OFFICIAL INFO FROM COMPANY...
🌐 clueQuest ▪ clueQuest "Print + Cut + Escape"
🗺️ Based In United Kingdom
⏲️ 90 Minutes ▪ 💪 3/5 ▪ 🔢 N/A
📚 Your mission in timeQuest is to help Mr & Mrs Q stop the troublesome twosome known as the Earlybirds from altering the fabric of time. With the help of specialist Dr Imani Chronos, you will have to follow them on a journey through time, putting right their meddling before time as we know it is history!
THIS IS CLASSIFIED AS...
▪ Play At Home » Print & Play Puzzle Game
YOU'LL ENJOY THIS, IF YOU...
▪ ...Are aged around 12, give or take a few years, and looking for a fun escape game to do at home.
▪ ...Are the parent of the above described child, and want something wholesome and fun for them to do for 1 hour or 2.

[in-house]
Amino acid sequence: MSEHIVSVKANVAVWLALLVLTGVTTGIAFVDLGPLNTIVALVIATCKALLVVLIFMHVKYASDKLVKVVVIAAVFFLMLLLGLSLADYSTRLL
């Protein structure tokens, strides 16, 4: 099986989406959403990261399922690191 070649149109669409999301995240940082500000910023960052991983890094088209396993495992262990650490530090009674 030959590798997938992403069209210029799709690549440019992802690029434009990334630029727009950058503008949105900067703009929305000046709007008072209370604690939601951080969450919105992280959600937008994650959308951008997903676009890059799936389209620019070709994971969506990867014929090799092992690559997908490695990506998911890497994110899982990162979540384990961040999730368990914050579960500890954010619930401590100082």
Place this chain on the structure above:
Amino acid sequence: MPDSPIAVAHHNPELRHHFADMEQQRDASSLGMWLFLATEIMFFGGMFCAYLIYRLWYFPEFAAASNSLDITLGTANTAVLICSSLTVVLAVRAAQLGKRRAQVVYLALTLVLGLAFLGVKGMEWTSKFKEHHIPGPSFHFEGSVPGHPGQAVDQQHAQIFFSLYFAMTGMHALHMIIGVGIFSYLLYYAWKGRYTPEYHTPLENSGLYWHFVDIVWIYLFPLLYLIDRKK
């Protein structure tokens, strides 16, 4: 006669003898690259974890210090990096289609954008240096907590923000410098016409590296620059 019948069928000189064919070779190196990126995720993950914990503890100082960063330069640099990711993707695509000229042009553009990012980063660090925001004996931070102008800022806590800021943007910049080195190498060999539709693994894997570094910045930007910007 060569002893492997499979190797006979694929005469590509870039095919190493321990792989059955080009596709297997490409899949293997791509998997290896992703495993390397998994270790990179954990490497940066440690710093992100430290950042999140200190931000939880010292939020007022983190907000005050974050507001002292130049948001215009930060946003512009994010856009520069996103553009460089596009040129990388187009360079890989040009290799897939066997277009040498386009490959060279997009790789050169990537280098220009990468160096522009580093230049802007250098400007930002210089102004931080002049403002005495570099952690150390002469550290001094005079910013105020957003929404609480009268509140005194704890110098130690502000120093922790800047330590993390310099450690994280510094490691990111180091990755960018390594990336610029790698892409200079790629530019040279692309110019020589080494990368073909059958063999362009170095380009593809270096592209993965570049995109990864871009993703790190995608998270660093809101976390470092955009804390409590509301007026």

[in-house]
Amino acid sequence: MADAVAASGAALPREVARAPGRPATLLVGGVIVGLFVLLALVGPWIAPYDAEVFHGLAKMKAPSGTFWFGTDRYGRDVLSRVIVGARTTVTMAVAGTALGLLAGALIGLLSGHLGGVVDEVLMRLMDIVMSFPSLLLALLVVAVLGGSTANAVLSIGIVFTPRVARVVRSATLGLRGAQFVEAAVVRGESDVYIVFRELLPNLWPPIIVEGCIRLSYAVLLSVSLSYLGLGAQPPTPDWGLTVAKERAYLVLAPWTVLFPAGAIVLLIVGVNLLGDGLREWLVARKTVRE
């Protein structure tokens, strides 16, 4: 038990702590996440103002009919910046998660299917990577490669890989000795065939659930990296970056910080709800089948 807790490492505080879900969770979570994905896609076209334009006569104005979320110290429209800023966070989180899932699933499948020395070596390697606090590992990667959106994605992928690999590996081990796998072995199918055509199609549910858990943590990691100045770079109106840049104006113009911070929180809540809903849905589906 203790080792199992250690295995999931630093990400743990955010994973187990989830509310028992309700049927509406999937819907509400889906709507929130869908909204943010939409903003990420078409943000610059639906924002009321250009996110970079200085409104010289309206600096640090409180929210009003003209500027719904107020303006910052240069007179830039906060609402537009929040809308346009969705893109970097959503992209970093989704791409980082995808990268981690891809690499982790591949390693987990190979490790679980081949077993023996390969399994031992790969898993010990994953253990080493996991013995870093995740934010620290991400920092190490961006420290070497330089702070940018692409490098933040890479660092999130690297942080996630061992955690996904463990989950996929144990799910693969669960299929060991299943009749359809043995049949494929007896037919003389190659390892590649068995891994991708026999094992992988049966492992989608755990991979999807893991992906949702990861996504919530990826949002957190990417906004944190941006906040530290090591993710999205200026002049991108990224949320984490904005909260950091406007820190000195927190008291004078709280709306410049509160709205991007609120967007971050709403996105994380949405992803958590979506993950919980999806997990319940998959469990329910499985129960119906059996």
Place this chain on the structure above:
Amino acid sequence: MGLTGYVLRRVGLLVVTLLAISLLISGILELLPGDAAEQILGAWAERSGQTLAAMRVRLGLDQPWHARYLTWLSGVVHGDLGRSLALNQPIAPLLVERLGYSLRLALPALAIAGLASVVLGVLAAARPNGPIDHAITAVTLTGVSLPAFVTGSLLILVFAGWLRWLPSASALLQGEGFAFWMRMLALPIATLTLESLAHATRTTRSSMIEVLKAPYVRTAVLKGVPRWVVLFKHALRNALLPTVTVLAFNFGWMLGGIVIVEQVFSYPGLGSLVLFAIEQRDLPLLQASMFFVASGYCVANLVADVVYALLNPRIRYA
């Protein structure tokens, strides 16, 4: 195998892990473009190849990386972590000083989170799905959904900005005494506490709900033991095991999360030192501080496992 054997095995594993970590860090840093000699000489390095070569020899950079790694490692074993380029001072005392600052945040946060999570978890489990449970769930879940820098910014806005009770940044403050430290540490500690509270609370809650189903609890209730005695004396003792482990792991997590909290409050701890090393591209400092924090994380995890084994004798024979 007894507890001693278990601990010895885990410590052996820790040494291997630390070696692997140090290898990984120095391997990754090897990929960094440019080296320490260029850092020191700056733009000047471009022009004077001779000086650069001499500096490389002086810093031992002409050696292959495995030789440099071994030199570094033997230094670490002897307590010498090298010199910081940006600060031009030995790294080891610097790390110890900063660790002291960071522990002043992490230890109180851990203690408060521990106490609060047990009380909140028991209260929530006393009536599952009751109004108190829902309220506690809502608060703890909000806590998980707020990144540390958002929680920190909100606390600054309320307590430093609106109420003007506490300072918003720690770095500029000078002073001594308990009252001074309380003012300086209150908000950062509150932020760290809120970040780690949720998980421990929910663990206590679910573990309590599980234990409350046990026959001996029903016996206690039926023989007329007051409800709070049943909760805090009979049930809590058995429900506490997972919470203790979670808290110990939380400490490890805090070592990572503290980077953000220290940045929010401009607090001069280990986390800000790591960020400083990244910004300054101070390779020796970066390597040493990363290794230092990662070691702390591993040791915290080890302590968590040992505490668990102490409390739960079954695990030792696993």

▪ ...Enjoy print-and-play games with both PDF file and web elements, similar to previous series from clueQuest.
▪ ...Appreciate time-travel themes portrayed in awesome artworks and animation videos with vibrant colors.
▪ ...Fancy these (similar) titles: The Mysterious Case, Houdini's Secret Room, The Bank Job, Christmas Scene Investigation, and National Elf Service, ie titles designed for family and children with/without paper based media.
GREAT! ANY ADVICE OR TIPS?
💪 On company's site, difficulty is officially listed as a 3/5.
🧐 However, based on my team of 1, it felt subjectively like a 4/10, since it's a game geared towards younglings.
🔢 With the reasoning above, I would recommend a team of 1, especially if you're an adult player.
MY BODY IS READY! NOW WHAT?
🛒 TO BUY, CLICK HERE!
▪ For this: Print & play media requires PDF Reader to load the file, printer and paper to print, and scissors to cut.
▪ Alternatively, the company can have everything printed and mailed to you for an optional premium surcharge.
timeQuest from clueQuest (featuring matching capitalizations, neat) | clueQuest